Pop América Opens at the Nasher Museum of Art

21 FEBRUARY–21 JULY 2019 | Durham, North Carolina
Launch Slideshow
"This exhibition explores America itself as a universal concept associated with ideas of freedom, progress and diversity. We feature artists who have explored the rich complexities of América, and thus create a more inclusive and accurate—if also more challenging—image of America."

Writes Esther Gabara, Duke University professor and curator of Pop América, 1965-1975 – the inaugural Sotheby’s Prize recipient – in an In Other Words feature. Recently unveiled at the Nasher Museum of Art, this extensive, bilingual survey of pop art will revolutionize and expand any museumgoer’s knowledge of the movement.

Pop art has been widely regarded as an isolated art movement; one that first appeared in the United Kingdom, its influence later spreading to the United States. American and British pop artists achieved international renown in their lifetimes – eventually becoming household names, which can be exemplified by the artists Andy Warhol, Keith Haring, Roy Lichtenstein, or Claes Oldenburg.

Almost annually in the United States and Europe, blockbuster shows are exhibited showcasing the aforementioned artists; the most recent being Andy Warhol: From A to B and Back Again at the Whitney Museum of American Art.

Now, concurrently, the Nasher presents over 100 pieces created by outstanding Latin American artists that remain unrecognized in art historical canon; artworks that illustrate the political zeitgeist of the Americas between the 1960s and 1970s. Trailblazers are introduced in Pop América – Judith F. Baca, Luis Cruz Azaceta and Jorge de la Vega – artists who illuminate themes of trans-cultural identity, ideological exchange, and political activism throughout their respective oeuvres and as a result, the exhibition.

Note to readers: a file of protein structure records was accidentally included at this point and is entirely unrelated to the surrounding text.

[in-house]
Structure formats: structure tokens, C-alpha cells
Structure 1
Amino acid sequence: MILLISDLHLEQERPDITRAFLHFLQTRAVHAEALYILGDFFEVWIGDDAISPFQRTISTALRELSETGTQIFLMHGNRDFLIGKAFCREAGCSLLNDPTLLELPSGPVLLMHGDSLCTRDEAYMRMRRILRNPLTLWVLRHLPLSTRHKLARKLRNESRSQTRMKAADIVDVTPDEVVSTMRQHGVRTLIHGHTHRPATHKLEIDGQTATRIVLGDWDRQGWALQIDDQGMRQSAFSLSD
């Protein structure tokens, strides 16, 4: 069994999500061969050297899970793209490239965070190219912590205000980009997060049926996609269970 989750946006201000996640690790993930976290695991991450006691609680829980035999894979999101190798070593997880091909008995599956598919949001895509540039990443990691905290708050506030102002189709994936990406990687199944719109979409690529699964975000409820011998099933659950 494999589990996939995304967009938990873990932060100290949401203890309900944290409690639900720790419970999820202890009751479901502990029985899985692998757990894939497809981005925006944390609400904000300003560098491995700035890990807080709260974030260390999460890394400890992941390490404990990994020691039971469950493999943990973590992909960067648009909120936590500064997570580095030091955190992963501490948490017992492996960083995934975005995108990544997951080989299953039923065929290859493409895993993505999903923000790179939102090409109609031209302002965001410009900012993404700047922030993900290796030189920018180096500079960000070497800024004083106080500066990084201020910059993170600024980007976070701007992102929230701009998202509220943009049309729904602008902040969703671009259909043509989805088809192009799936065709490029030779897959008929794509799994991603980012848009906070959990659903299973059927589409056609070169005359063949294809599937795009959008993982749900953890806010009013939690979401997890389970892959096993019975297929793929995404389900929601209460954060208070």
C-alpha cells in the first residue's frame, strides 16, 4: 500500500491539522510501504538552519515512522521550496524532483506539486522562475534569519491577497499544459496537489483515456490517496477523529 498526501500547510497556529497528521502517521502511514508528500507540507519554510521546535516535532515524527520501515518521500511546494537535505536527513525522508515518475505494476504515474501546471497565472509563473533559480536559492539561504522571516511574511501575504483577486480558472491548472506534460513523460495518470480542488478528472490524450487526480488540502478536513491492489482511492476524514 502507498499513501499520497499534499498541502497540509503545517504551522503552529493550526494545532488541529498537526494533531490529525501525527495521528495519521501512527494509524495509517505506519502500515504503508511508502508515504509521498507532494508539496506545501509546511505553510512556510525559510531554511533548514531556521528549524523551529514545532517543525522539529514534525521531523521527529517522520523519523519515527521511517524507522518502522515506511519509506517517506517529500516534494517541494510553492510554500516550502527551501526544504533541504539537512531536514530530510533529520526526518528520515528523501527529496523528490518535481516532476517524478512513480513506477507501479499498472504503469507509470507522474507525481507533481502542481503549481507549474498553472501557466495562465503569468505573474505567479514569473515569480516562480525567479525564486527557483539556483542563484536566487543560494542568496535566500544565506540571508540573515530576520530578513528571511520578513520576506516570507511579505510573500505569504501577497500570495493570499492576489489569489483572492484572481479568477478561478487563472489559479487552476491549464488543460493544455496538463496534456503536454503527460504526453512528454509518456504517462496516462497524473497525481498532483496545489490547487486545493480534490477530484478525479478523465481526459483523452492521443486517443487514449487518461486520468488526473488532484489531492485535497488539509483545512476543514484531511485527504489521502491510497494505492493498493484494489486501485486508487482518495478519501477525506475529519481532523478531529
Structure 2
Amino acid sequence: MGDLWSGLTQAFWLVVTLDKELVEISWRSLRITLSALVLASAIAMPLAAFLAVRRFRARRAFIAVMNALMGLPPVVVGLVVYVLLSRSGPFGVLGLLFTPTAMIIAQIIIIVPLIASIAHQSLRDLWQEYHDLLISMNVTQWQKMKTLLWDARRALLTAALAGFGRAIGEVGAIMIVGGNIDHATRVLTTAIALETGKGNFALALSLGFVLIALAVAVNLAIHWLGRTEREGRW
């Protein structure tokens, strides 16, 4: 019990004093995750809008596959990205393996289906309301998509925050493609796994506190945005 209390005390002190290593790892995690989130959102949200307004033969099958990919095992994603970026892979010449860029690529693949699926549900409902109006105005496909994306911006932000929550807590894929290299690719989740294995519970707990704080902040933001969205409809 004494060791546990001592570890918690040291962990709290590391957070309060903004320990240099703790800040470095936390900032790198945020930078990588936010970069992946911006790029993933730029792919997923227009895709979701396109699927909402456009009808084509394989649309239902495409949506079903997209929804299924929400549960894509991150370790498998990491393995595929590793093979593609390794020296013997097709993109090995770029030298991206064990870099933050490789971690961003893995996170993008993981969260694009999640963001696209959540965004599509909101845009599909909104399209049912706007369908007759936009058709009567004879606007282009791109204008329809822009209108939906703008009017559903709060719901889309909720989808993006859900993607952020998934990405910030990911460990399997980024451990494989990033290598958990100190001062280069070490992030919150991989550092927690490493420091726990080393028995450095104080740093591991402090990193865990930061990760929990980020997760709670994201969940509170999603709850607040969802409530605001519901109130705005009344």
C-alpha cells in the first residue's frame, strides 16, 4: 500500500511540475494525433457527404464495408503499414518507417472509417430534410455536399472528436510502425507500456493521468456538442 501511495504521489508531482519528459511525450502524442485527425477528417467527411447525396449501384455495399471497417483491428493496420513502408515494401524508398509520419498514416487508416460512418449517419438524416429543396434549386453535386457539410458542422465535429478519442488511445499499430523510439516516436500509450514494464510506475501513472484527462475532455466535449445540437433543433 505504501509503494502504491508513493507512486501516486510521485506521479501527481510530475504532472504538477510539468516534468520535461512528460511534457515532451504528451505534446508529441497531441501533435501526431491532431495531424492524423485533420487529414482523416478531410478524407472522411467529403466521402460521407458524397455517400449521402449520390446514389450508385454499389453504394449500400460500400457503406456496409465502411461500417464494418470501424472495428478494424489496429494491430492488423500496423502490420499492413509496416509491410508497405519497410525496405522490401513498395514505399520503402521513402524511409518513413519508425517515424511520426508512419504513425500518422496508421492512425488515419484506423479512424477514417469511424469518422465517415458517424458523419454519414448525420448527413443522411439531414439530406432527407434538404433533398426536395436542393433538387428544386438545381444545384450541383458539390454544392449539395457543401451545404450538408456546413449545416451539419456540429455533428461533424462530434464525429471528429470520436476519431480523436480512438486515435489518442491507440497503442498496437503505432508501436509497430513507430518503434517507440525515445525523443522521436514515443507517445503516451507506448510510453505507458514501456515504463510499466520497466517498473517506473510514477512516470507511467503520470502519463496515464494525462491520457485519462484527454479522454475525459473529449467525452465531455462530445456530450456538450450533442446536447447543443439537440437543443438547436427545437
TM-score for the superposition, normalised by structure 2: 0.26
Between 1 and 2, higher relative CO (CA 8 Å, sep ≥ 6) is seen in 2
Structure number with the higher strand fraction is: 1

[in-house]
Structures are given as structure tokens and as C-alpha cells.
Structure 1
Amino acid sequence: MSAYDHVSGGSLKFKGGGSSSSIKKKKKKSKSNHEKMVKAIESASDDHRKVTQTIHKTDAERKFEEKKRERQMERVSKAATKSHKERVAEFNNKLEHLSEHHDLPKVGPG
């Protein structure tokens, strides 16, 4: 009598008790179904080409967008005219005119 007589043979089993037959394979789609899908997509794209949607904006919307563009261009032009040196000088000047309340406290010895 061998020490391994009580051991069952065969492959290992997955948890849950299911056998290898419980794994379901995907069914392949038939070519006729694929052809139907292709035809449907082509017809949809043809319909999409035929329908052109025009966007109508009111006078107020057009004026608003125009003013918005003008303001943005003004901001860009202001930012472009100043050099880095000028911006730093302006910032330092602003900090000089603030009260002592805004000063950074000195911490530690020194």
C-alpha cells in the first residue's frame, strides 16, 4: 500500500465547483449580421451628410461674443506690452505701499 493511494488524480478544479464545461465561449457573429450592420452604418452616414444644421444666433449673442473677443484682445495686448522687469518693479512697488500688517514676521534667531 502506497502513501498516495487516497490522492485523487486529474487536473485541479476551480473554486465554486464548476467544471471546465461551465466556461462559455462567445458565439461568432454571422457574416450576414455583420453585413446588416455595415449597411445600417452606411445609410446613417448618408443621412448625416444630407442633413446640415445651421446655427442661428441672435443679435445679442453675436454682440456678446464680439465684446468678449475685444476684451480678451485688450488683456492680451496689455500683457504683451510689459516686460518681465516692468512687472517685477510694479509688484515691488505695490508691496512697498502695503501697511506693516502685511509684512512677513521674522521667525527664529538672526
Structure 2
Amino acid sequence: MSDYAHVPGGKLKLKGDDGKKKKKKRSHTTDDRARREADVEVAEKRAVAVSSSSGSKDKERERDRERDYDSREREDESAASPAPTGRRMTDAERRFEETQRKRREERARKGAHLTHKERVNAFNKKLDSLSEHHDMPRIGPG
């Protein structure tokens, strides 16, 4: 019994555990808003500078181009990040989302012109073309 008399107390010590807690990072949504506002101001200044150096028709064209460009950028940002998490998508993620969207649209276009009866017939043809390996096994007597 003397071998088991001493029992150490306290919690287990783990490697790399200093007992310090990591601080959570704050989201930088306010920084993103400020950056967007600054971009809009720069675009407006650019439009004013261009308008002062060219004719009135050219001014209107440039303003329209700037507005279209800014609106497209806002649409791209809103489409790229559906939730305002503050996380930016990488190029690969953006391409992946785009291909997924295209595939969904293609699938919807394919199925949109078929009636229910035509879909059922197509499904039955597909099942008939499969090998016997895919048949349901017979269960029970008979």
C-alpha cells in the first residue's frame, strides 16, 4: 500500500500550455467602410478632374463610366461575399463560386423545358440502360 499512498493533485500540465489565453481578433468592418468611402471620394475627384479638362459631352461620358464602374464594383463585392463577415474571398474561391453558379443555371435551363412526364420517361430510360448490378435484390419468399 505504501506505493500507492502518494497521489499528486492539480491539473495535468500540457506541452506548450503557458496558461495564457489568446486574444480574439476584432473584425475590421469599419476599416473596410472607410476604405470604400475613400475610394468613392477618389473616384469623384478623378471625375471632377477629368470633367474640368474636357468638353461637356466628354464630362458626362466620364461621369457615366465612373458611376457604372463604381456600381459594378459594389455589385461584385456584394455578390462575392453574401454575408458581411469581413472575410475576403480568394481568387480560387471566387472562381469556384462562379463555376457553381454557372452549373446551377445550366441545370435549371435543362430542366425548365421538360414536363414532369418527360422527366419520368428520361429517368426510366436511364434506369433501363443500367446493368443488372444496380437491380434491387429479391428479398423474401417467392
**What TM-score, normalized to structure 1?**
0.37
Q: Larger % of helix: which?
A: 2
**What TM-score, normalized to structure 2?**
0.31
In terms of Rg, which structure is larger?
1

Previously mounted at the McNay Art Museum in San Antonio, the exceptional Pop América will be on view at the Nasher Museum of Art from February 21 to July 21, 2019. The show will then travel to the Block Museum of Art in Evanston, Illinois, where it will close. Preview the highlights above.

Pop América Opens at the Nasher Museum of Art

  • Antonio Caro, Colombia Coca-Cola, 1976
    Enamel on sheet metal, edition 11/ 25, 19.5 x 27.5 inches (49.53 x 69.85 x 2.86 cm). Collection of the MIT List Visual Arts Center, Cambridge, Massachusetts. Purchased with funds from the Alan May Endowment. Image courtesy of the artist and Casas Riegner, Bogota, Colombia. © Antonio Caro.
  • Eduardo Costa, Fashion Fiction I, 1966–1970
    24-karat gold wearable sculpture and photograph (first published in Vogue, February 1, 1968; photo by Richard Avedon and modeled by Maria Berenson), 2.55 x 1.57 x 0.59 inches (6.5 x 4 x 1.5 cm), ear; 12 x 5 inches (30.5 x 24 cm), magazine. Courtesy of the artist (ear) and private collection (magazine). Sculpture © Eduardo Costa. Photo by Albano Garcia. Photograph by Richard Avedon, © The Richard Avedon Foundation.
  • Raúl Martínez, El vaquero (Cowboy), c. 1969
    Acrylic on black-and-white photograph, 21.5 x 16.75 inches (54.61 x 42.54 cm). The Shelley and Donald Rubin Private Collection. Image courtesy of the Raúl Martínez Estate, Ciego de Ávila, Cuba, and Corina Matamoros.
  • Hugo Rivera-Scott, Pop América, 1968
    Collage on cardboard, 30 x 21.5 inches (76.5 x 54.5 cm). Courtesy of the artist. © Hugo Rivera-Scott. Photo by Jorge Brantmayer.
  • Rupert García, Unfinished Man, 1968
    Acrylic on canvas, 48.03 x 48.03 inches (122 x 122 cm). Courtesy of the artist and Rena Bransten Gallery, San Fransisco, California. © Rupert García. Photo by John Janca.
  • Elena Serrano (artist) and OSPAAAL (publisher), Day of the Heroic Guerrilla, 1968
    Offset lithograph on paper, 19.5 x 13.56 inches (49.4 x 34.5 cm). Collection of the Prints & Photographs Division, Library of Congress, Washington DC. Gift of Gary Yanker, 1975–1983.
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